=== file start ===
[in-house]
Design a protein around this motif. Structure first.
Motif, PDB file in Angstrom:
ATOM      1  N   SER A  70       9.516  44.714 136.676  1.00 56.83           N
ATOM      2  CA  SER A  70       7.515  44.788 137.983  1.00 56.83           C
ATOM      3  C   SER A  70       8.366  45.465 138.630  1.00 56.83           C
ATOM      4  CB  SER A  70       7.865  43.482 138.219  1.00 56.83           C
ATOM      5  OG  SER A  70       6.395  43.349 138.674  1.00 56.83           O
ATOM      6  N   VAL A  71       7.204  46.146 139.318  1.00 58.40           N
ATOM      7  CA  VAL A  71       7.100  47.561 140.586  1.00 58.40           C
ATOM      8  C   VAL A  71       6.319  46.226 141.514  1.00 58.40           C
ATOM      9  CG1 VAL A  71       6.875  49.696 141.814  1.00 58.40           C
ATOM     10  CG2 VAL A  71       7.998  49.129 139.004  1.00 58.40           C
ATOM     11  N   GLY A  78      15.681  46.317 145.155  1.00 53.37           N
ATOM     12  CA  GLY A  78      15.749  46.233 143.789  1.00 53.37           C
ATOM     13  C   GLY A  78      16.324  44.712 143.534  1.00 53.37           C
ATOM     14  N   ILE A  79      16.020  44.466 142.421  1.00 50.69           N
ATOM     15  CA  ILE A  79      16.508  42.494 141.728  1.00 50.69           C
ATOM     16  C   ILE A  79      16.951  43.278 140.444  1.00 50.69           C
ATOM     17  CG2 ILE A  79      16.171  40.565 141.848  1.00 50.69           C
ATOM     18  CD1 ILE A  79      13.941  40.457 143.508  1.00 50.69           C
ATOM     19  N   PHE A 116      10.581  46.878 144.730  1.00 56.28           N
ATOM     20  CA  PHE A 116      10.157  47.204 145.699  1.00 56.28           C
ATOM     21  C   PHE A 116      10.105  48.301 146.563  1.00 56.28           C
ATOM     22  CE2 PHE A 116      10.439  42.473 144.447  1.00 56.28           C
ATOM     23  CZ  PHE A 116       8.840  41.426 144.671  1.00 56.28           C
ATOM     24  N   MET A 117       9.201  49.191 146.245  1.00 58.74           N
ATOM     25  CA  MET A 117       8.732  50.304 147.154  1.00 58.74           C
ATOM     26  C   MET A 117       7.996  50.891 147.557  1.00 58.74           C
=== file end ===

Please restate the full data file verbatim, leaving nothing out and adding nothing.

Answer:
[in-house]
Design a protein around this motif. Structure first.
Motif, PDB file in Angstrom:
ATOM      1  N   SER A  70       9.516  44.714 136.676  1.00 56.83           N
ATOM      2  CA  SER A  70       7.515  44.788 137.983  1.00 56.83           C
ATOM      3  C   SER A  70       8.366  45.465 138.630  1.00 56.83           C
ATOM      4  CB  SER A  70       7.865  43.482 138.219  1.00 56.83           C
ATOM      5  OG  SER A  70       6.395  43.349 138.674  1.00 56.83           O
ATOM      6  N   VAL A  71       7.204  46.146 139.318  1.00 58.40           N
ATOM      7  CA  VAL A  71       7.100  47.561 140.586  1.00 58.40           C
ATOM      8  C   VAL A  71       6.319  46.226 141.514  1.00 58.40           C
ATOM      9  CG1 VAL A  71       6.875  49.696 141.814  1.00 58.40           C
ATOM     10  CG2 VAL A  71       7.998  49.129 139.004  1.00 58.40           C
ATOM     11  N   GLY A  78      15.681  46.317 145.155  1.00 53.37           N
ATOM     12  CA  GLY A  78      15.749  46.233 143.789  1.00 53.37           C
ATOM     13  C   GLY A  78      16.324  44.712 143.534  1.00 53.37           C
ATOM     14  N   ILE A  79      16.020  44.466 142.421  1.00 50.69           N
ATOM     15  CA  ILE A  79      16.508  42.494 141.728  1.00 50.69           C
ATOM     16  C   ILE A  79      16.951  43.278 140.444  1.00 50.69           C
ATOM     17  CG2 ILE A  79      16.171  40.565 141.848  1.00 50.69           C
ATOM     18  CD1 ILE A  79      13.941  40.457 143.508  1.00 50.69           C
ATOM     19  N   PHE A 116      10.581  46.878 144.730  1.00 56.28           N
ATOM     20  CA  PHE A 116      10.157  47.204 145.699  1.00 56.28           C
ATOM     21  C   PHE A 116      10.105  48.301 146.563  1.00 56.28           C
ATOM     22  CE2 PHE A 116      10.439  42.473 144.447  1.00 56.28           C
ATOM     23  CZ  PHE A 116       8.840  41.426 144.671  1.00 56.28           C
ATOM     24  N   MET A 117       9.201  49.191 146.245  1.00 58.74           N
ATOM     25  CA  MET A 117       8.732  50.304 147.154  1.00 58.74           C
ATOM     26  C   MET A 117       7.996  50.891 147.557  1.00 58.74           C